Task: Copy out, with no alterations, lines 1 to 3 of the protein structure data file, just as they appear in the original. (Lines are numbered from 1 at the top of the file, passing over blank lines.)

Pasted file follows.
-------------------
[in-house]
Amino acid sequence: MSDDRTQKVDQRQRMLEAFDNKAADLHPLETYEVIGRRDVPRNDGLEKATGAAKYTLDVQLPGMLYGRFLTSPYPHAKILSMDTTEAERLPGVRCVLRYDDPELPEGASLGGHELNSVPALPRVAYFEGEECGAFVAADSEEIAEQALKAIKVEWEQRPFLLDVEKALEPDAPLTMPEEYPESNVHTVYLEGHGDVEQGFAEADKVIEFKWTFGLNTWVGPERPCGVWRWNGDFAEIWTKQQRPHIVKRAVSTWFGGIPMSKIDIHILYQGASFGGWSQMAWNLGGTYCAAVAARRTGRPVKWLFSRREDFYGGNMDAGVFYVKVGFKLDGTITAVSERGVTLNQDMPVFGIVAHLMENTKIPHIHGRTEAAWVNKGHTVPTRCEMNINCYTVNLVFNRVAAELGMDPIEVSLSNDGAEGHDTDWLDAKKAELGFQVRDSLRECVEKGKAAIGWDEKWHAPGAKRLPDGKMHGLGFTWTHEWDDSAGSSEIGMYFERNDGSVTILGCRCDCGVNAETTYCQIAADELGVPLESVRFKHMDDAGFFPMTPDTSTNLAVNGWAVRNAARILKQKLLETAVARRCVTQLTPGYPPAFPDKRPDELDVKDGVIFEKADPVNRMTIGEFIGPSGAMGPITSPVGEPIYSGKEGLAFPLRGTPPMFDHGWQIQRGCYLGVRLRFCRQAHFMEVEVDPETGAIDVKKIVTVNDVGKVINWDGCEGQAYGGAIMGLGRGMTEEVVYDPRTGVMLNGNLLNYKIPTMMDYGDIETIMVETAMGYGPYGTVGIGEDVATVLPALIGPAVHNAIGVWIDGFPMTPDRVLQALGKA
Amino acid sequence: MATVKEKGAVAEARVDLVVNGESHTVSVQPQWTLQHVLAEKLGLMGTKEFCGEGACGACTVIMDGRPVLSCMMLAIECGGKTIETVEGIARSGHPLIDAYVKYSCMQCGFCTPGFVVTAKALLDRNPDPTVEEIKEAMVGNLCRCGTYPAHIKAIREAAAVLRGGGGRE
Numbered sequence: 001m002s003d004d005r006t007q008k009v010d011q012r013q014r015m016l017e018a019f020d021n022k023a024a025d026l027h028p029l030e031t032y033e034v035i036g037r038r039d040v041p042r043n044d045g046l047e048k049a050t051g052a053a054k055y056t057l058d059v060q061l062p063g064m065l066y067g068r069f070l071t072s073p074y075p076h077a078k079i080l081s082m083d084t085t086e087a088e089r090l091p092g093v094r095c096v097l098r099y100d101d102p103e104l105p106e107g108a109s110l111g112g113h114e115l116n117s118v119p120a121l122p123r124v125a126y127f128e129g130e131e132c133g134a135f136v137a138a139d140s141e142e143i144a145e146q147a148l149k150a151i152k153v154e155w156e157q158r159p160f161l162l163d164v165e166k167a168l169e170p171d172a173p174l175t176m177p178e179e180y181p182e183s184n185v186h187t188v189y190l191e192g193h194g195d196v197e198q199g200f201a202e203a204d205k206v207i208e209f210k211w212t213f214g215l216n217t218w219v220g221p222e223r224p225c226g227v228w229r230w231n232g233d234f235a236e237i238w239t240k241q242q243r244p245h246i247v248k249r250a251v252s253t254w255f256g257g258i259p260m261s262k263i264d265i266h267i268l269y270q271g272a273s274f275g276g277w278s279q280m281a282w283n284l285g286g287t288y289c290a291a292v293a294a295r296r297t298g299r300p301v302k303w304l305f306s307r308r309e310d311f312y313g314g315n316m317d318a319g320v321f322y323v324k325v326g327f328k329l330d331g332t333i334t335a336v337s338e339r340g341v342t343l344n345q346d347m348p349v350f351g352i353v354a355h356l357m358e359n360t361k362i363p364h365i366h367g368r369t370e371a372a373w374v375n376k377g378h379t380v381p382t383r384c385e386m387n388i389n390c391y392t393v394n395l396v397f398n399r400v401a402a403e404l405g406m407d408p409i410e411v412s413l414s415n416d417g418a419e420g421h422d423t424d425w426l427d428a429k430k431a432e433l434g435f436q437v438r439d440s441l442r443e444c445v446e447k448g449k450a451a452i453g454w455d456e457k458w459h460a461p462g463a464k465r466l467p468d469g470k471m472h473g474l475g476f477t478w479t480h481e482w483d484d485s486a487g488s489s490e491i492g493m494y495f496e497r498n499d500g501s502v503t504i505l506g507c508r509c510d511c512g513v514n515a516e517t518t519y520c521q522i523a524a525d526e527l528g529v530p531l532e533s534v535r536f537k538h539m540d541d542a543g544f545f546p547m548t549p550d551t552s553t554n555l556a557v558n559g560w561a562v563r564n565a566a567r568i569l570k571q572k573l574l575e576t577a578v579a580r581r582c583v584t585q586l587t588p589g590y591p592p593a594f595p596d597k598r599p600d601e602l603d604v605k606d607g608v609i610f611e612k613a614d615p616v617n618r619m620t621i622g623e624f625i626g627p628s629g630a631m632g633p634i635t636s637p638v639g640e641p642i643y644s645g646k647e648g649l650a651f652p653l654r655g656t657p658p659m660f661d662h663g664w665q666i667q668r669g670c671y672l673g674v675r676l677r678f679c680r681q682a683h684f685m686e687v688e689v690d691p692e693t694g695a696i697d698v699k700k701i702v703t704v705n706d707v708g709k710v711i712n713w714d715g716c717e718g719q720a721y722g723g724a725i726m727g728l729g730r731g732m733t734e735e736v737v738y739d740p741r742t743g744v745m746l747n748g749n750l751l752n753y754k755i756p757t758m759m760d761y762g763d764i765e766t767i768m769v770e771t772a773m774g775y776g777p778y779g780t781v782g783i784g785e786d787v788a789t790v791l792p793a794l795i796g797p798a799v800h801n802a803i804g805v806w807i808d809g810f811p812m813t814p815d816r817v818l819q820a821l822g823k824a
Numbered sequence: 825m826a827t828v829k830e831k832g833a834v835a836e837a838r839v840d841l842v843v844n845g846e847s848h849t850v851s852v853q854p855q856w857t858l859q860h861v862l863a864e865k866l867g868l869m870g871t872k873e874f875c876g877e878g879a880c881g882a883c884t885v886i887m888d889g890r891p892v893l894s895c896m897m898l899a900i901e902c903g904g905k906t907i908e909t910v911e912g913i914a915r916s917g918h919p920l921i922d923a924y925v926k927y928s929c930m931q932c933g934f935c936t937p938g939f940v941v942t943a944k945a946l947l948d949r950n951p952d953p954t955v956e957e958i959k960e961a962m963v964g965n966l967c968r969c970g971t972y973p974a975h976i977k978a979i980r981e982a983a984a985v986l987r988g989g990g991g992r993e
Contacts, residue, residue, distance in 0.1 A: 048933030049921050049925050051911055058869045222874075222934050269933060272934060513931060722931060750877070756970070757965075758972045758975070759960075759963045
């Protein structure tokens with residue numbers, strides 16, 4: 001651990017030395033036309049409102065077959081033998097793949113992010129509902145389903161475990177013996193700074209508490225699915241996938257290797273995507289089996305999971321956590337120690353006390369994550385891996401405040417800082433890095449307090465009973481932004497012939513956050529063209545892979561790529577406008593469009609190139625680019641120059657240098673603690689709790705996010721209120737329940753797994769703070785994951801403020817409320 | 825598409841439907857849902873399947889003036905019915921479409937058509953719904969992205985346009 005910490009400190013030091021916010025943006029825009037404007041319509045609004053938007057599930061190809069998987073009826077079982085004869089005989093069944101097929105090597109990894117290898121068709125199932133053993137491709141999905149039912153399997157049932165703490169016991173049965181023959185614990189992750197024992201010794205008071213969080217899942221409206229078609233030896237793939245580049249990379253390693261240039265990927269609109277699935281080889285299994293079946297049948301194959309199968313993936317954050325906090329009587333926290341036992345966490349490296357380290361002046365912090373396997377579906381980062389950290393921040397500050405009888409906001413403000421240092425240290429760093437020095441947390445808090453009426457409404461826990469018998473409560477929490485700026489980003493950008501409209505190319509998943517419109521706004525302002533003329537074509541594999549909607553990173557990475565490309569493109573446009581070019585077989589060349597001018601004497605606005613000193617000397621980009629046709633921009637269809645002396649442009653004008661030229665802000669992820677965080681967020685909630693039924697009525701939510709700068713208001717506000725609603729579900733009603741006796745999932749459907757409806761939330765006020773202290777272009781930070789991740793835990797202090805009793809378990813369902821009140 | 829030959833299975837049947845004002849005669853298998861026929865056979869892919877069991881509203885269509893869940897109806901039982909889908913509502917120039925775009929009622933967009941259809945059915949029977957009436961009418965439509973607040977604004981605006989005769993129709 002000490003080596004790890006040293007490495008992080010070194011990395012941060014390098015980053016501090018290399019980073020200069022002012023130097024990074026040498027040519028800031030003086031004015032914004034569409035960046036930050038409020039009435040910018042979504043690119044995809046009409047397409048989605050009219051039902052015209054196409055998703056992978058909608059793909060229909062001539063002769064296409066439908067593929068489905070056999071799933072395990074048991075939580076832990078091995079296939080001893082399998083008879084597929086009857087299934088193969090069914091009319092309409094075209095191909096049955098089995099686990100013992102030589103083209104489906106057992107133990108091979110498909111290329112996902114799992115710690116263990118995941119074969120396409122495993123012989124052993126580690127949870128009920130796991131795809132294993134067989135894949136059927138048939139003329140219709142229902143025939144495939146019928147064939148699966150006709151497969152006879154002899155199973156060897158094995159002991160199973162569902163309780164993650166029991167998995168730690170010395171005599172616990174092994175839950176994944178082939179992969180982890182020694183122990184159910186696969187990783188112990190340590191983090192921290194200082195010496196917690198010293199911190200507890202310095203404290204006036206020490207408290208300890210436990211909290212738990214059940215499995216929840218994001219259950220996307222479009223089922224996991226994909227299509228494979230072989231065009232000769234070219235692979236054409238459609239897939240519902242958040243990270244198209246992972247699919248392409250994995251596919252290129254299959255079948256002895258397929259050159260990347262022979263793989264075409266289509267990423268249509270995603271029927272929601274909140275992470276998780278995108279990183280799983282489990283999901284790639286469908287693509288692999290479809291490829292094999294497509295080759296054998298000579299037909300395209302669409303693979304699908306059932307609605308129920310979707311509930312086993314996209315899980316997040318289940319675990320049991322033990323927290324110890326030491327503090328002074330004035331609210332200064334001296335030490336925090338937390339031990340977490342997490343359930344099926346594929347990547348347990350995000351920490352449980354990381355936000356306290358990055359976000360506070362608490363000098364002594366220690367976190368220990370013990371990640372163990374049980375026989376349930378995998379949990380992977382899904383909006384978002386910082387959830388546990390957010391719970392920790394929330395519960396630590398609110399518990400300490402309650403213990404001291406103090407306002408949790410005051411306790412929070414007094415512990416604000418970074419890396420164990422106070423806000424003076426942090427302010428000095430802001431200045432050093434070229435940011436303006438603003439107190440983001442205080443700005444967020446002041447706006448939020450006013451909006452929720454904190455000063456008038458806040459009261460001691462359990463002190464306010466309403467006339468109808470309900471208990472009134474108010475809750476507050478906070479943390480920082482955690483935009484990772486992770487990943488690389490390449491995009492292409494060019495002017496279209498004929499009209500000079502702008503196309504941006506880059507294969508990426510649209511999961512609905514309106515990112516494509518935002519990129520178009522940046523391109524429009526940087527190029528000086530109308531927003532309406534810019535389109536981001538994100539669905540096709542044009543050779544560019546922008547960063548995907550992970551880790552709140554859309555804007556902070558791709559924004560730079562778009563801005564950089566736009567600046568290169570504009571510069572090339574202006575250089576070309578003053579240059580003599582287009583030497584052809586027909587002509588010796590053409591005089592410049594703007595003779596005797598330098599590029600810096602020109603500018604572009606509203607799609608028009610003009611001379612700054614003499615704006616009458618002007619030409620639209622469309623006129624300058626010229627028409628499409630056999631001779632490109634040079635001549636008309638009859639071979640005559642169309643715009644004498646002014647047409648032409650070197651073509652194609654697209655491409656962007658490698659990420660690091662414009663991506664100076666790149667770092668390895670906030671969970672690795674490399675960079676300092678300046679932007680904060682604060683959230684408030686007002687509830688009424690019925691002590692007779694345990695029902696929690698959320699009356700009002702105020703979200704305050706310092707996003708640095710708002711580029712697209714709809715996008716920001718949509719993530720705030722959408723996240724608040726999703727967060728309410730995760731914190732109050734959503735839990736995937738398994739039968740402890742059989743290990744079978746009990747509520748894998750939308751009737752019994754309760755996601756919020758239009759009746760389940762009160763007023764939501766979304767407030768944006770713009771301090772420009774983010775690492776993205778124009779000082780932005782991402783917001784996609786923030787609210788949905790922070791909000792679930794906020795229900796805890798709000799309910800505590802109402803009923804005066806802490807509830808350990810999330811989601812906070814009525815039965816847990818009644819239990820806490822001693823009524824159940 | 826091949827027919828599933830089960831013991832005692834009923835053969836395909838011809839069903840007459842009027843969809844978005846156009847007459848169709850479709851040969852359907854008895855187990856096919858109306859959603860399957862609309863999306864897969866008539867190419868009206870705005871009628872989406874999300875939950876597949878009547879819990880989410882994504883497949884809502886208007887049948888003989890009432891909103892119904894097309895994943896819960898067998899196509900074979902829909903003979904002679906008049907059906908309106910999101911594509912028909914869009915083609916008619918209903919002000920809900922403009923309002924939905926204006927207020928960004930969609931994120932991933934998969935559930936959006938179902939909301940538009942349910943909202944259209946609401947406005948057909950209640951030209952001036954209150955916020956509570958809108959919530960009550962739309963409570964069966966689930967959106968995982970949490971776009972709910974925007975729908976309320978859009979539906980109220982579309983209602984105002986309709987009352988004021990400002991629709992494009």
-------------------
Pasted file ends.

[in-house]
Amino acid sequence: MSDDRTQKVDQRQRMLEAFDNKAADLHPLETYEVIGRRDVPRNDGLEKATGAAKYTLDVQLPGMLYGRFLTSPYPHAKILSMDTTEAERLPGVRCVLRYDDPELPEGASLGGHELNSVPALPRVAYFEGEECGAFVAADSEEIAEQALKAIKVEWEQRPFLLDVEKALEPDAPLTMPEEYPESNVHTVYLEGHGDVEQGFAEADKVIEFKWTFGLNTWVGPERPCGVWRWNGDFAEIWTKQQRPHIVKRAVSTWFGGIPMSKIDIHILYQGASFGGWSQMAWNLGGTYCAAVAARRTGRPVKWLFSRREDFYGGNMDAGVFYVKVGFKLDGTITAVSERGVTLNQDMPVFGIVAHLMENTKIPHIHGRTEAAWVNKGHTVPTRCEMNINCYTVNLVFNRVAAELGMDPIEVSLSNDGAEGHDTDWLDAKKAELGFQVRDSLRECVEKGKAAIGWDEKWHAPGAKRLPDGKMHGLGFTWTHEWDDSAGSSEIGMYFERNDGSVTILGCRCDCGVNAETTYCQIAADELGVPLESVRFKHMDDAGFFPMTPDTSTNLAVNGWAVRNAARILKQKLLETAVARRCVTQLTPGYPPAFPDKRPDELDVKDGVIFEKADPVNRMTIGEFIGPSGAMGPITSPVGEPIYSGKEGLAFPLRGTPPMFDHGWQIQRGCYLGVRLRFCRQAHFMEVEVDPETGAIDVKKIVTVNDVGKVINWDGCEGQAYGGAIMGLGRGMTEEVVYDPRTGVMLNGNLLNYKIPTMMDYGDIETIMVETAMGYGPYGTVGIGEDVATVLPALIGPAVHNAIGVWIDGFPMTPDRVLQALGKA
Amino acid sequence: MATVKEKGAVAEARVDLVVNGESHTVSVQPQWTLQHVLAEKLGLMGTKEFCGEGACGACTVIMDGRPVLSCMMLAIECGGKTIETVEGIARSGHPLIDAYVKYSCMQCGFCTPGFVVTAKALLDRNPDPTVEEIKEAMVGNLCRCGTYPAHIKAIREAAAVLRGGGGRE